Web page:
Yet another horse drawn conveyance from the early part of the 1900s.  This one man buggy was built in 1905 in Jackson Michigan by the Ames-Dean Carriage Company.  Prior to the dominance of the newfangled automobiles, Jackson buggy and carriage business produced thousands of vehicles every year.  Major players in this ‘horse before the cart’ business included the Fuller Buggy Company, the Jackson Carriage Company and of course, the Ames-Dean Carriage Company.  Many of these carriage/buggy companies morphed into auto makers...

So you’re not into automobiles, toy cars and trucks, buggies, motorcycles, model airplanes or automotive related items… How about genuine Coca- Cola products, signage and souvenirs?  One of our last stops was a room that was loaded from floor to ceiling with Coca-Cola antiques and collectibles.  There are 6.5 oz. Coke bottles and cans from everywhere, advertising posters, promotional items such as thermometers and clocks, old time Coke signs, coolers, Coke machines, toys, trays and much more.

Of course there just has to be a soda counter available to go with all that Coca-Cola memorabilia!  Of course, the Coke collection continued here as well.  This room is used for parties and meetings.  Of note, the Board of Directors for Ye Ole Carriage Shop holds their meetings in this room with its soda counter and the amazing collection of Coca Cola items…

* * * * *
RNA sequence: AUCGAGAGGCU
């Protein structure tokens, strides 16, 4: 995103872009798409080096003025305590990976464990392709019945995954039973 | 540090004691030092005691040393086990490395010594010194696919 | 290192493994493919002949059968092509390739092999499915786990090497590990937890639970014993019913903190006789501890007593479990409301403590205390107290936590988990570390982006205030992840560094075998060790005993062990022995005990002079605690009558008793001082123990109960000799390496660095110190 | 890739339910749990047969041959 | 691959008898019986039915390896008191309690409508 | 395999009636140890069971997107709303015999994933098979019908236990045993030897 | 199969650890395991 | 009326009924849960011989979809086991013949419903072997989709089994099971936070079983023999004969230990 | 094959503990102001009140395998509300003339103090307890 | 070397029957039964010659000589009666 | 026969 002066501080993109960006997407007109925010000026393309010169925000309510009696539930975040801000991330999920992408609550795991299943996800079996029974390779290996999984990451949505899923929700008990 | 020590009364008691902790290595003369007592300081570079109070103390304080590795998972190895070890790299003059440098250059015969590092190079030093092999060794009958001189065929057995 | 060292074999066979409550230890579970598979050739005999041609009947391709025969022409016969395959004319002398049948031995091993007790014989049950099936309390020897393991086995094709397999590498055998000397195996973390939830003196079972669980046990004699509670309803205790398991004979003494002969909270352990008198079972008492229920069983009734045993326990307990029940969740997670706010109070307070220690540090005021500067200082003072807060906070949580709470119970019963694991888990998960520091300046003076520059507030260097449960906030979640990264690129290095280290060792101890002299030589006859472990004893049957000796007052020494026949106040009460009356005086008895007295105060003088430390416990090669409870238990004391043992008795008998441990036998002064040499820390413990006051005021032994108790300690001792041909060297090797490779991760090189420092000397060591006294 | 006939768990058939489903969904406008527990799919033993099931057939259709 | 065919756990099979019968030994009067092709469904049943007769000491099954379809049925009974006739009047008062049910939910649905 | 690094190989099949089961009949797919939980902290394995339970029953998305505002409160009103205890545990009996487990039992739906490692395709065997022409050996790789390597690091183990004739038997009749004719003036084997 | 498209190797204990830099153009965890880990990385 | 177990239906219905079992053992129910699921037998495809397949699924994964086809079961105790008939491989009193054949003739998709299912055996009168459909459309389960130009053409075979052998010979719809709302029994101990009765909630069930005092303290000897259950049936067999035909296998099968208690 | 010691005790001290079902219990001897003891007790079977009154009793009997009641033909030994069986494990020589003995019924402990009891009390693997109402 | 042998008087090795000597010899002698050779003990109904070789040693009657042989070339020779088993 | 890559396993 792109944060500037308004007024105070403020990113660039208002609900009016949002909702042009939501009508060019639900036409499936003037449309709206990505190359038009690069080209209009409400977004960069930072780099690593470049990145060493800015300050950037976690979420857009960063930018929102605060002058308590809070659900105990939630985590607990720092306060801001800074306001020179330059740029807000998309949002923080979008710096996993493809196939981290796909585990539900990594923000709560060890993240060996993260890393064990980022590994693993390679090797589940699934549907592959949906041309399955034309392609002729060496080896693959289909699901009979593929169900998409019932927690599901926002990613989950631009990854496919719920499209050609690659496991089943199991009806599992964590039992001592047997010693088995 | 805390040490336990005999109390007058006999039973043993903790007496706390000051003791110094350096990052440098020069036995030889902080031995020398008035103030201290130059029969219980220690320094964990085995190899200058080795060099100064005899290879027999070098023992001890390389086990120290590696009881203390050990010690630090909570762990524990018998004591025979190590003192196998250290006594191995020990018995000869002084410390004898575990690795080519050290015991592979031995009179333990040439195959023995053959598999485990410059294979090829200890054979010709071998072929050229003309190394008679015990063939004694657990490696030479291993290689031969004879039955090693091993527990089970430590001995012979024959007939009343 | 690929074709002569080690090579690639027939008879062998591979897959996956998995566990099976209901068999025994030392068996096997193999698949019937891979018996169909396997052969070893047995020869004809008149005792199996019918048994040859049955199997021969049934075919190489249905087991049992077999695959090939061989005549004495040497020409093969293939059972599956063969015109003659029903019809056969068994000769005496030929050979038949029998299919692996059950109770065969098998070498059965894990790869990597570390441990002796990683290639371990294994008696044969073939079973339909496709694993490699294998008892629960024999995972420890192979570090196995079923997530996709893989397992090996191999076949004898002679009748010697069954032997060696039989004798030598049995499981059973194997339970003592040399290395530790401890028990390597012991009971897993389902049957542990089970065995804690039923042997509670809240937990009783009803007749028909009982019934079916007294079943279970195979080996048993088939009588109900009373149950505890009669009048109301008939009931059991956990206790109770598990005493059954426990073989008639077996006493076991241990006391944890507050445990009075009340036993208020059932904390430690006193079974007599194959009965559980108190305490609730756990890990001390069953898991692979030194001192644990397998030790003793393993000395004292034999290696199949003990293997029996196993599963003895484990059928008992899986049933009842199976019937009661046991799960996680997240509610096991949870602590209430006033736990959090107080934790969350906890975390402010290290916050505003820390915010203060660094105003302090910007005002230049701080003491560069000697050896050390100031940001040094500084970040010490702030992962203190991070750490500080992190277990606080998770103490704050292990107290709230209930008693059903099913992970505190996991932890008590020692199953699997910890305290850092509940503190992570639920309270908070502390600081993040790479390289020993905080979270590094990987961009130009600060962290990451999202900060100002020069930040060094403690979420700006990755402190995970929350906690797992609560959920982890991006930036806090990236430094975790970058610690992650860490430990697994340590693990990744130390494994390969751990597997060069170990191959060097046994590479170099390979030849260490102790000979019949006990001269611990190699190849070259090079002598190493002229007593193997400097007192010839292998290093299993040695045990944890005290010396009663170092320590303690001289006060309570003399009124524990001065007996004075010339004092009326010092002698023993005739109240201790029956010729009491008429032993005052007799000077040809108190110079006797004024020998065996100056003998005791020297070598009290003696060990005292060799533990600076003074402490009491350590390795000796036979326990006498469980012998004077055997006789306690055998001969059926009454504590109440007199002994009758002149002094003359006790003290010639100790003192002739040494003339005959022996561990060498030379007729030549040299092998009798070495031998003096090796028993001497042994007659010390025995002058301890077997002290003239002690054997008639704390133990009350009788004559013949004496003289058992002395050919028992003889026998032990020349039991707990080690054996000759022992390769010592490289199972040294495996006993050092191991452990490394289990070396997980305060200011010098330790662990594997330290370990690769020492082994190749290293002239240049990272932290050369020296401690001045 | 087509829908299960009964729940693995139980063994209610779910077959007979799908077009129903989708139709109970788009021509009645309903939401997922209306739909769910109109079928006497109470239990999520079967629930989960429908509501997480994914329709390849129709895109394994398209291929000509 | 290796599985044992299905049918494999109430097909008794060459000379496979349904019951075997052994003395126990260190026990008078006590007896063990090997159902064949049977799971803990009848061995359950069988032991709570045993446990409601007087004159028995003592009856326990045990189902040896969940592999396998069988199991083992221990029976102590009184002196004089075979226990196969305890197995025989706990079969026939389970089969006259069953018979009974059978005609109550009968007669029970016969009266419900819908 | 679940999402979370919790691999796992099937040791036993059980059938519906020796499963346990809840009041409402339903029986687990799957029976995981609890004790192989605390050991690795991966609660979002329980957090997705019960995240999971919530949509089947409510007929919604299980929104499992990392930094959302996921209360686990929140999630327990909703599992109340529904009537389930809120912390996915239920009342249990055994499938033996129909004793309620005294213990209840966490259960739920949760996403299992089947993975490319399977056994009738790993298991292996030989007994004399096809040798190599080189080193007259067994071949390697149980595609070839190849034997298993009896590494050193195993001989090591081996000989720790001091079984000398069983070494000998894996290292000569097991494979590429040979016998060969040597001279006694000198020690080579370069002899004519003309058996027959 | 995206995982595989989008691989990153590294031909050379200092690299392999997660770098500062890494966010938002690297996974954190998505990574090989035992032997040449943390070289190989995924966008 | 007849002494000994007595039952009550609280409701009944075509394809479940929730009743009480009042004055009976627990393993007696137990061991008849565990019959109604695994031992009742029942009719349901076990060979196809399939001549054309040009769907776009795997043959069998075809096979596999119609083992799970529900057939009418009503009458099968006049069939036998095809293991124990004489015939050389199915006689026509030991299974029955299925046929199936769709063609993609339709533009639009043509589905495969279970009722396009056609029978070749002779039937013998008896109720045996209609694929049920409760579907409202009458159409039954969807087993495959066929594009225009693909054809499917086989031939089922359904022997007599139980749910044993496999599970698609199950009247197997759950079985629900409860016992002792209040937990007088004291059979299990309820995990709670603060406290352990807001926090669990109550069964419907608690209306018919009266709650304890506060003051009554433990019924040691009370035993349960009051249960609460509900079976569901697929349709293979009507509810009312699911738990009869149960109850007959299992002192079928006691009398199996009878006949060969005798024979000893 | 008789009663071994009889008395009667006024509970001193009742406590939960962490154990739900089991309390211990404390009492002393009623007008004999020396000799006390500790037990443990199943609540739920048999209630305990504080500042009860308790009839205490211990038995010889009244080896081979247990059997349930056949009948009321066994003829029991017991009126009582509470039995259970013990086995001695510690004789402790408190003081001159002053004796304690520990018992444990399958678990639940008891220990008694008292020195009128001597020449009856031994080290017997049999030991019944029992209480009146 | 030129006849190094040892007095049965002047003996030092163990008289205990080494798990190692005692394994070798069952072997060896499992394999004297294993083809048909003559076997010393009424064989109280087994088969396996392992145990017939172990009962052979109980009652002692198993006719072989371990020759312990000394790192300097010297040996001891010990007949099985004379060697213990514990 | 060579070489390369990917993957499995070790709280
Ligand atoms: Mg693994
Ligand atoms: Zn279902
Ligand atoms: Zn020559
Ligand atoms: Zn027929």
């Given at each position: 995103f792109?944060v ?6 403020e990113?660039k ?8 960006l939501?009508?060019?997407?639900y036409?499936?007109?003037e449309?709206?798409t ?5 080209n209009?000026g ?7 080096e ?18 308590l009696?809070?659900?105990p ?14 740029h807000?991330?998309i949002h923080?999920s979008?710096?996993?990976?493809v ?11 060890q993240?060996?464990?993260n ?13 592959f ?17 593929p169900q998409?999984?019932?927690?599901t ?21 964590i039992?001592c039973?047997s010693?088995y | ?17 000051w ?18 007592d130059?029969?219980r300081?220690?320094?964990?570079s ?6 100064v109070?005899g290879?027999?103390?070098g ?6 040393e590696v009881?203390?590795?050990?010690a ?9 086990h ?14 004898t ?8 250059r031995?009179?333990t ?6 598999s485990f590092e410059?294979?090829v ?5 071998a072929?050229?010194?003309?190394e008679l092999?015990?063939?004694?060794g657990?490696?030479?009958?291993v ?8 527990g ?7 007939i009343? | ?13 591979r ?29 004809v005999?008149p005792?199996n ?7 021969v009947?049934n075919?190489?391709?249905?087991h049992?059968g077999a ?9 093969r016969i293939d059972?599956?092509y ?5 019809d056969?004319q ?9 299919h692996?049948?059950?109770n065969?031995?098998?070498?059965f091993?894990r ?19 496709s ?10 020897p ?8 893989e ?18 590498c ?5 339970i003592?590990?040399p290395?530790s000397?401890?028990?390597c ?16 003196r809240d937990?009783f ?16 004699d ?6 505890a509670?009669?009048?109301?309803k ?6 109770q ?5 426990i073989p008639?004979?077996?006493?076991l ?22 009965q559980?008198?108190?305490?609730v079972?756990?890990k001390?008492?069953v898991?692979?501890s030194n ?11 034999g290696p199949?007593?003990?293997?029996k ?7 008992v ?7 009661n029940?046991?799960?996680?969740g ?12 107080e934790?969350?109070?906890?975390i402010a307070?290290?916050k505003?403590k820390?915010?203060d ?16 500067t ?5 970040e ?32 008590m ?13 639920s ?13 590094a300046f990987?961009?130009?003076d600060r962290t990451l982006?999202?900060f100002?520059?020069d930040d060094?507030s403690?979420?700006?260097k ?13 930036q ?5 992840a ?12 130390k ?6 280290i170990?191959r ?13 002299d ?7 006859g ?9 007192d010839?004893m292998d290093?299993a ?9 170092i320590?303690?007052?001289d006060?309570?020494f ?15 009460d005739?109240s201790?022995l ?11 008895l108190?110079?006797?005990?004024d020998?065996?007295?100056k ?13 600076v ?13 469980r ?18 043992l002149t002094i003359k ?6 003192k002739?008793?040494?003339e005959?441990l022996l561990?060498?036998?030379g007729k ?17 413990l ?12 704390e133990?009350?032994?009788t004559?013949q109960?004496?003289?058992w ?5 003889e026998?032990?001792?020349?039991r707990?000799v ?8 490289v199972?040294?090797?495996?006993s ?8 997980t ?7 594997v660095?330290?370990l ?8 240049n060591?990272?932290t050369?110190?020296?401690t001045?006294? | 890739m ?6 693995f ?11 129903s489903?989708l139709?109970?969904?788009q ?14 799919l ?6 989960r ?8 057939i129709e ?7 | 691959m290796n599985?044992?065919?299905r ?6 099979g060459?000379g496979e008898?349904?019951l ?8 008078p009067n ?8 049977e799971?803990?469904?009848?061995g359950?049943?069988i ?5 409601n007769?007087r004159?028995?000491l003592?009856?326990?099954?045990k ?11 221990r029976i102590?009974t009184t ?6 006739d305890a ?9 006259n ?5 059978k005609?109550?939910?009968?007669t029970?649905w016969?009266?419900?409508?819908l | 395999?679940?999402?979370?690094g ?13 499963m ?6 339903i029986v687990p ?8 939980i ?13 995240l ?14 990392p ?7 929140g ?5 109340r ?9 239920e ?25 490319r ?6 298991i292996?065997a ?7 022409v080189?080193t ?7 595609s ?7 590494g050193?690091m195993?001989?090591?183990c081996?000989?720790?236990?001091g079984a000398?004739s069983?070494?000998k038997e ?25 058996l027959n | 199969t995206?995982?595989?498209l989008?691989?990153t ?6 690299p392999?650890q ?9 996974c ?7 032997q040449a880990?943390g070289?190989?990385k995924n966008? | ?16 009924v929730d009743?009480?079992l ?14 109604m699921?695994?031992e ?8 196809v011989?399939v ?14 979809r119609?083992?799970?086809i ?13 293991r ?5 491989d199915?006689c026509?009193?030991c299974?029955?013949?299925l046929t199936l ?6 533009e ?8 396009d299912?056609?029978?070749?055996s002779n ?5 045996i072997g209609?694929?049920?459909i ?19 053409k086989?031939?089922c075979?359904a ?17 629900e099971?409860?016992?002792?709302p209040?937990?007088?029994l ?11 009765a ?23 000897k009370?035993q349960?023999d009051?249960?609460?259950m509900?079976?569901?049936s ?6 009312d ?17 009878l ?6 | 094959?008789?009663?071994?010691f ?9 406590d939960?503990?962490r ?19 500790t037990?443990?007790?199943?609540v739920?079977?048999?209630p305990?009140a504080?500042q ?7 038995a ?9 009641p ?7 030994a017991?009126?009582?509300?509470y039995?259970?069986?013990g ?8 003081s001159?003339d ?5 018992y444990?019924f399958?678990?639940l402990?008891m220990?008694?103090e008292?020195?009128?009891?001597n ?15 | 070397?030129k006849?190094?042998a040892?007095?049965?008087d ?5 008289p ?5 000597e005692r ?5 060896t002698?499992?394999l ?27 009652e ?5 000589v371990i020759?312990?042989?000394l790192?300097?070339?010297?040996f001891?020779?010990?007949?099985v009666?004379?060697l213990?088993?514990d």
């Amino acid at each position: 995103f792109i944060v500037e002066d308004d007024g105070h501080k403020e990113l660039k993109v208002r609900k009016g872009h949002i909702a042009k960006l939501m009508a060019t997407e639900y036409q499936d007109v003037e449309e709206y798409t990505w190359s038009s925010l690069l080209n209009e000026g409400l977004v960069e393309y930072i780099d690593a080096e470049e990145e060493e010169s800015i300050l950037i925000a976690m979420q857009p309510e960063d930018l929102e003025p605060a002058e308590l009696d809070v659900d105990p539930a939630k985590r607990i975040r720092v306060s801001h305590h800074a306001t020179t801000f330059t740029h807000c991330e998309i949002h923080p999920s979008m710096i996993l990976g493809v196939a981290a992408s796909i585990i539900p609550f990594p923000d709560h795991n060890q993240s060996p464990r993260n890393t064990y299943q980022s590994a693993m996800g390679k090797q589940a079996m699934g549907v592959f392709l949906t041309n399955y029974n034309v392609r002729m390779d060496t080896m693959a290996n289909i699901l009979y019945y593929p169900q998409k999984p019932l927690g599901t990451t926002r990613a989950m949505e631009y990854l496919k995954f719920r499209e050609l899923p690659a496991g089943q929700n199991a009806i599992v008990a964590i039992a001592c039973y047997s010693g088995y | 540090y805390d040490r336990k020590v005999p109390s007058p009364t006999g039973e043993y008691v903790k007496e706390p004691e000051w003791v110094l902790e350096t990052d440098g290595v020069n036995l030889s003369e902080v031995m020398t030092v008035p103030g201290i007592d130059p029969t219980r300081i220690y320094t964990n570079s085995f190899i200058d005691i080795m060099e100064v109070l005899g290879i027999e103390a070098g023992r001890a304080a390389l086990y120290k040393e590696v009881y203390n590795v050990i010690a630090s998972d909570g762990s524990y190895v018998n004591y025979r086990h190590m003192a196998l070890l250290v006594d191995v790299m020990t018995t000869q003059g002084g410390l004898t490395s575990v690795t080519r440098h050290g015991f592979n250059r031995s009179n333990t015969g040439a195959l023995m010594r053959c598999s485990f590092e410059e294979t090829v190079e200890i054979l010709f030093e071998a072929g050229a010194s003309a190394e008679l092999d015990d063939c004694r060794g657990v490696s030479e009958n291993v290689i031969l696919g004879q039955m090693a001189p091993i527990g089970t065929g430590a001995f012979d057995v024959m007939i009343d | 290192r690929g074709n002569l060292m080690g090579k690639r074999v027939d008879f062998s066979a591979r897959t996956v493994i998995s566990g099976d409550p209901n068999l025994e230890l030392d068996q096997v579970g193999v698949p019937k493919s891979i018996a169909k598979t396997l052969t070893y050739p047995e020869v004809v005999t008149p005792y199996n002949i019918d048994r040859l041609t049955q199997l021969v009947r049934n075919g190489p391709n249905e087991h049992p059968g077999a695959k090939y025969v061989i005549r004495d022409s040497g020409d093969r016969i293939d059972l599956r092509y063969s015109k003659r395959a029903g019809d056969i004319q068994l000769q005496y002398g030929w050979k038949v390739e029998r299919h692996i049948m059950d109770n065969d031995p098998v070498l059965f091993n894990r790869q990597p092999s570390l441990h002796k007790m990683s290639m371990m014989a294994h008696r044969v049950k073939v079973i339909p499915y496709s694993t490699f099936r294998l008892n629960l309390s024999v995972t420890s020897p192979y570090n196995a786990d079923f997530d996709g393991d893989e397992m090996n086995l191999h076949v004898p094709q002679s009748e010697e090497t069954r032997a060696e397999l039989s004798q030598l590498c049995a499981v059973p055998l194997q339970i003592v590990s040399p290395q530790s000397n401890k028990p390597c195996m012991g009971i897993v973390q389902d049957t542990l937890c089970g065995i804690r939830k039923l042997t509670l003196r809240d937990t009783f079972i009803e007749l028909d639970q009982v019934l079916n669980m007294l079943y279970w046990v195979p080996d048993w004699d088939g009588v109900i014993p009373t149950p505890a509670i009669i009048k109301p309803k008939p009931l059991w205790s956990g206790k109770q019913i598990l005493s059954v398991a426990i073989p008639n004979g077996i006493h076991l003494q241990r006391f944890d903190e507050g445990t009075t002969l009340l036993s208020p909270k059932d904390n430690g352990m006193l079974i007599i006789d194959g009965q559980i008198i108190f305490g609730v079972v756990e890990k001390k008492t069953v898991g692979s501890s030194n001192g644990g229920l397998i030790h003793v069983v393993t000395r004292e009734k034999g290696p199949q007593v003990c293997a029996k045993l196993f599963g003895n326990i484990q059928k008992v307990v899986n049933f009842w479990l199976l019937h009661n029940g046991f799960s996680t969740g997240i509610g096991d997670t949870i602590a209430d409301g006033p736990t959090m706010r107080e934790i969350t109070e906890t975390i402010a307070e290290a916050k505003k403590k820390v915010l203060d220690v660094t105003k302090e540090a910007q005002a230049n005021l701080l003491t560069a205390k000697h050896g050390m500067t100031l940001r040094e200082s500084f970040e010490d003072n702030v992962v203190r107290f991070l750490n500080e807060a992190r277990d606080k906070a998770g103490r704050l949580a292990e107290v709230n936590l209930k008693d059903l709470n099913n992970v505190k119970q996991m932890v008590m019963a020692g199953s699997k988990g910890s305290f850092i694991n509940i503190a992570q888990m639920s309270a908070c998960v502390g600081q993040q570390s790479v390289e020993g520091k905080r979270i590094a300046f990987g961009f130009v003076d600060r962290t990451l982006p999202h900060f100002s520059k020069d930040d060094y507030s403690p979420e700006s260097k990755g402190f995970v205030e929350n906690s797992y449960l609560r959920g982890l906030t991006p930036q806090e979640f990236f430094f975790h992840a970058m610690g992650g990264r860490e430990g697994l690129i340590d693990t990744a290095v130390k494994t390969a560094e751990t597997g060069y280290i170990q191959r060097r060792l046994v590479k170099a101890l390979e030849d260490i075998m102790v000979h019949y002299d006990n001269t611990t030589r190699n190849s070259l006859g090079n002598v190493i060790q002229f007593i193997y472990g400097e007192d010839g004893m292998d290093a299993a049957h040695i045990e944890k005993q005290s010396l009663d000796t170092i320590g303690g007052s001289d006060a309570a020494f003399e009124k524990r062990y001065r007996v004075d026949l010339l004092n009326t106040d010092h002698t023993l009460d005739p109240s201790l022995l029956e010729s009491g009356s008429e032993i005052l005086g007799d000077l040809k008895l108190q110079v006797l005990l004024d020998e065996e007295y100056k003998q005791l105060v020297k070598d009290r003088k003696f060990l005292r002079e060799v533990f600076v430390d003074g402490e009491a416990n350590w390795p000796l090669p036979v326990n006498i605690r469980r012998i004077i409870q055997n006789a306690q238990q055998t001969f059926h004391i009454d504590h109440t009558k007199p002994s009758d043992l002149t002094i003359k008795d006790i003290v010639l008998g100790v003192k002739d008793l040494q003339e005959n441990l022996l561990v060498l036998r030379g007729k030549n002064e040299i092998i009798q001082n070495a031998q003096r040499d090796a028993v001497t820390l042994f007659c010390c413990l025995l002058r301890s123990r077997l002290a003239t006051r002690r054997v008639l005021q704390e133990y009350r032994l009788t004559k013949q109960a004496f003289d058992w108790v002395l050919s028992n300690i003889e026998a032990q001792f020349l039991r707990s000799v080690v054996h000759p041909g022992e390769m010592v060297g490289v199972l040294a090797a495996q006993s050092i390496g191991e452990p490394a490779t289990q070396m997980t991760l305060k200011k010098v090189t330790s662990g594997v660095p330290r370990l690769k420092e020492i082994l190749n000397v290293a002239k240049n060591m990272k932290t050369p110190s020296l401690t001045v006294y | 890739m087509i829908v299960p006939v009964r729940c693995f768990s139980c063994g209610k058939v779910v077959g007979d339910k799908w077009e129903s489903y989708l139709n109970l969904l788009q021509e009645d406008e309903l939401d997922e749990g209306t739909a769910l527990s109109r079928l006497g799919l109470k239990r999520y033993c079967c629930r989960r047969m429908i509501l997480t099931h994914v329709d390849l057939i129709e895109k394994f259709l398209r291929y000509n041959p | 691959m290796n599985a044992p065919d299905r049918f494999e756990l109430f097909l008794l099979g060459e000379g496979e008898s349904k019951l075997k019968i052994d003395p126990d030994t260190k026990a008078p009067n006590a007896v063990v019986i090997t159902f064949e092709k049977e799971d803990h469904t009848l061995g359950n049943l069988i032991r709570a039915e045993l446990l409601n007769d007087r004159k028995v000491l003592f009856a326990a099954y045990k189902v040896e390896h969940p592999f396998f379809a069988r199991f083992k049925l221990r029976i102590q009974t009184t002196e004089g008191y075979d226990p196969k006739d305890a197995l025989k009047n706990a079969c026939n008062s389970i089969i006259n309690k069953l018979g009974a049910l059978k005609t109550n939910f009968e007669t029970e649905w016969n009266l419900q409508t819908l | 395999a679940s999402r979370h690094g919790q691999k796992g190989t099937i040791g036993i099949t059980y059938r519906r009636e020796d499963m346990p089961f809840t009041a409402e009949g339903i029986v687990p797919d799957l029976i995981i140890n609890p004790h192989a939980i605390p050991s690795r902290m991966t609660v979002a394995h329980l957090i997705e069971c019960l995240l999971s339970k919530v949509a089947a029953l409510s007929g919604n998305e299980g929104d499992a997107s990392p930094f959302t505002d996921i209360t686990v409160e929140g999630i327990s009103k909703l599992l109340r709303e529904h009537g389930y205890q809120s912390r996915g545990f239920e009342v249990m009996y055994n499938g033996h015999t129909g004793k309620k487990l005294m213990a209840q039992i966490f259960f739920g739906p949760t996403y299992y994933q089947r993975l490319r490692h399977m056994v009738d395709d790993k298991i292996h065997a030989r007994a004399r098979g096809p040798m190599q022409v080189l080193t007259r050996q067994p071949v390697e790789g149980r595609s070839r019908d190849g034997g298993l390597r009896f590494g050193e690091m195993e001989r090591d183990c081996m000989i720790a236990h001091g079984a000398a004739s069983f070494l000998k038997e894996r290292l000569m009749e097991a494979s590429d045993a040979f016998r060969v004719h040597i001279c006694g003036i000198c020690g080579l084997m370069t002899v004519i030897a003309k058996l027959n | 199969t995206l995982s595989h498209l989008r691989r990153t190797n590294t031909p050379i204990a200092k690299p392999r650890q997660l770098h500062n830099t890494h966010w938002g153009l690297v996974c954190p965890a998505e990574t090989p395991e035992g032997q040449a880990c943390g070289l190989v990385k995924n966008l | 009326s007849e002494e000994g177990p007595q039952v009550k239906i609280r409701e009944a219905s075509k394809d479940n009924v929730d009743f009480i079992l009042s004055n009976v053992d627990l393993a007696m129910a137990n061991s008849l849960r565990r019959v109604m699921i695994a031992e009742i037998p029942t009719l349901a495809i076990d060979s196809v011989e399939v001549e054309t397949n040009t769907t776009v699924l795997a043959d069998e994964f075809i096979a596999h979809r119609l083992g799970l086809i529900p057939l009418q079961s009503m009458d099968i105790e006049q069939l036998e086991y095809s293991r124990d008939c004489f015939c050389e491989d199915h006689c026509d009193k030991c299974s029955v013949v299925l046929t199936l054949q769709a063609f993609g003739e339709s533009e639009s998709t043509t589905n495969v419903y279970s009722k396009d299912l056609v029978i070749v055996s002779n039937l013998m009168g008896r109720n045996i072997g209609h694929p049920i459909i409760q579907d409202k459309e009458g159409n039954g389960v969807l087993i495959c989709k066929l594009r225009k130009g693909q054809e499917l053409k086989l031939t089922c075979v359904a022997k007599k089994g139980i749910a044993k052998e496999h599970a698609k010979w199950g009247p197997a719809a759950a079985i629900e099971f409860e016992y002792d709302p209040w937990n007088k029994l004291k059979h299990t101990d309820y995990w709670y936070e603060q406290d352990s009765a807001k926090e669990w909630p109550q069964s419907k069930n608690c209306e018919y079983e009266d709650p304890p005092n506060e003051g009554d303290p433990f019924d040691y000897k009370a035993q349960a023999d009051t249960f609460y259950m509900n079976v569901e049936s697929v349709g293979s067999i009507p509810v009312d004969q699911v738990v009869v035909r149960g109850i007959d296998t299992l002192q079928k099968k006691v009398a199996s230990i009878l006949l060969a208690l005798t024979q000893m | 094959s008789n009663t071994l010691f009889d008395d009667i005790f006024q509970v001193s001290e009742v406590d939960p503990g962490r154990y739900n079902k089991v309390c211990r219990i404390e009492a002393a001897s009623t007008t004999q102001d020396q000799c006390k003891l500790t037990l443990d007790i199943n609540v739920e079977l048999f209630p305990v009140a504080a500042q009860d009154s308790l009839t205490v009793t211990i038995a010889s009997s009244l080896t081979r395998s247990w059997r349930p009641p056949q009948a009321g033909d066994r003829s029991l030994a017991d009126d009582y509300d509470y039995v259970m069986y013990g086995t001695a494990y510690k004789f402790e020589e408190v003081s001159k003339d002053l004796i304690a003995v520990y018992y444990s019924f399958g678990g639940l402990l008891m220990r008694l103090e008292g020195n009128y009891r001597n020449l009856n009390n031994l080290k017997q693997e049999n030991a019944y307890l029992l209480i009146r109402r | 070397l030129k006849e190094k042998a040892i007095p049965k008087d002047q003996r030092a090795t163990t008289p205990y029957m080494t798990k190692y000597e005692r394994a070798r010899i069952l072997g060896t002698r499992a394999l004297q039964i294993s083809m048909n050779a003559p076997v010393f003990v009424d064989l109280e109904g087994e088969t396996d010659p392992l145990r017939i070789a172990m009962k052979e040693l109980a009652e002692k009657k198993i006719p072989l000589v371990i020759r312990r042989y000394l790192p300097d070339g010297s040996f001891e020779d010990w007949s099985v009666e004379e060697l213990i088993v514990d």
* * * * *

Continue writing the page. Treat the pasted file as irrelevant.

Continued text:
If you’re old enough to remember what kitchens looked like in the late 1940s and at least the first part of the 1950s, this kitchen may look very familiar to you.  My better half thought that it looked just like her family kitchen when she was young.  In any case, this essentially was Judi Ganton’s family kitchen.  She’s ‘recreated’ the space here in the museum.  I wouldn’t be surprised if that General Electric refrigerator still works.  They built them to last back in the day…

Ah, this gathering of memorabilia represents yet another family memory for yours truly.  Jacobson’s was an upscale American regional department store chain.  It was based in Jackson Michigan and it primarily operated in Michigan and Florida.  They also had stores in Ohio, Indiana, Kentucky and Kansas.  This was my mother’s favorite store for both clothing selection and service.  Even after she stopped going out shopping, they would shop for her and deliver what she wanted.  Jacobson’s entered bankruptcy in 2002 after 164 years of service to its customers.

Even I don’t remember having an old Philco television.  To be honest, I don’t remember our family’s first TV.  My early memories are more radio related.  We listened to “The Shadow”, Red Skelton, Burns and Allen, Lassie, Dragnet…and of course Detroit Tiger Baseball.